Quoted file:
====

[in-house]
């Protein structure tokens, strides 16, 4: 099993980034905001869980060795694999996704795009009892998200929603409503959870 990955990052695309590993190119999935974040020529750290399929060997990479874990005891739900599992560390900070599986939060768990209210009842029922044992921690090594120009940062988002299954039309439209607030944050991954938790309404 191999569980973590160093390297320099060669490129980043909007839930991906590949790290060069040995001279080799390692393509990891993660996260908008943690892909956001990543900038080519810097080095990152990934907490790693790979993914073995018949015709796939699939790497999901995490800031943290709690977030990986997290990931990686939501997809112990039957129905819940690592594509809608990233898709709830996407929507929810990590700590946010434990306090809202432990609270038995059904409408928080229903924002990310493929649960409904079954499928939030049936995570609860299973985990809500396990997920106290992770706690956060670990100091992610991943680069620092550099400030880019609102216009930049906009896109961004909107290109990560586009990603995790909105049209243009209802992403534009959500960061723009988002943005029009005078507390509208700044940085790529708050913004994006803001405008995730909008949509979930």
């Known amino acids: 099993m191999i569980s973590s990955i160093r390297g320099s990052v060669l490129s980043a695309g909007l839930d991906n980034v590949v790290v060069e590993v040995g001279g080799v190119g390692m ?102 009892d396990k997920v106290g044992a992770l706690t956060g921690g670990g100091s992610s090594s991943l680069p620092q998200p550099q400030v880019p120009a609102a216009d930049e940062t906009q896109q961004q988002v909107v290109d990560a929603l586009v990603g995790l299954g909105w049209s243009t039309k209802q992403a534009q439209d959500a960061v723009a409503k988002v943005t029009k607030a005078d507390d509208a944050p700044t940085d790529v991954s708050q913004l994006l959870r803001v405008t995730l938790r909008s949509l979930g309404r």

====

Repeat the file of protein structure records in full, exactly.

[in-house]
């Protein structure tokens, strides 16, 4: 099993980034905001869980060795694999996704795009009892998200929603409503959870 990955990052695309590993190119999935974040020529750290399929060997990479874990005891739900599992560390900070599986939060768990209210009842029922044992921690090594120009940062988002299954039309439209607030944050991954938790309404 191999569980973590160093390297320099060669490129980043909007839930991906590949790290060069040995001279080799390692393509990891993660996260908008943690892909956001990543900038080519810097080095990152990934907490790693790979993914073995018949015709796939699939790497999901995490800031943290709690977030990986997290990931990686939501997809112990039957129905819940690592594509809608990233898709709830996407929507929810990590700590946010434990306090809202432990609270038995059904409408928080229903924002990310493929649960409904079954499928939030049936995570609860299973985990809500396990997920106290992770706690956060670990100091992610991943680069620092550099400030880019609102216009930049906009896109961004909107290109990560586009990603995790909105049209243009209802992403534009959500960061723009988002943005029009005078507390509208700044940085790529708050913004994006803001405008995730909008949509979930």
């Known amino acids: 099993m191999i569980s973590s990955i160093r390297g320099s990052v060669l490129s980043a695309g909007l839930d991906n980034v590949v790290v060069e590993v040995g001279g080799v190119g390692m ?102 009892d396990k997920v106290g044992a992770l706690t956060g921690g670990g100091s992610s090594s991943l680069p620092q998200p550099q400030v880019p120009a609102a216009d930049e940062t906009q896109q961004q988002v909107v290109d990560a929603l586009v990603g995790l299954g909105w049209s243009t039309k209802q992403a534009q439209d959500a960061v723009a409503k988002v943005t029009k607030a005078d507390d509208a944050p700044t940085d790529v991954s708050q913004l994006l959870r803001v405008t995730l938790r909008s949509l979930g309404r």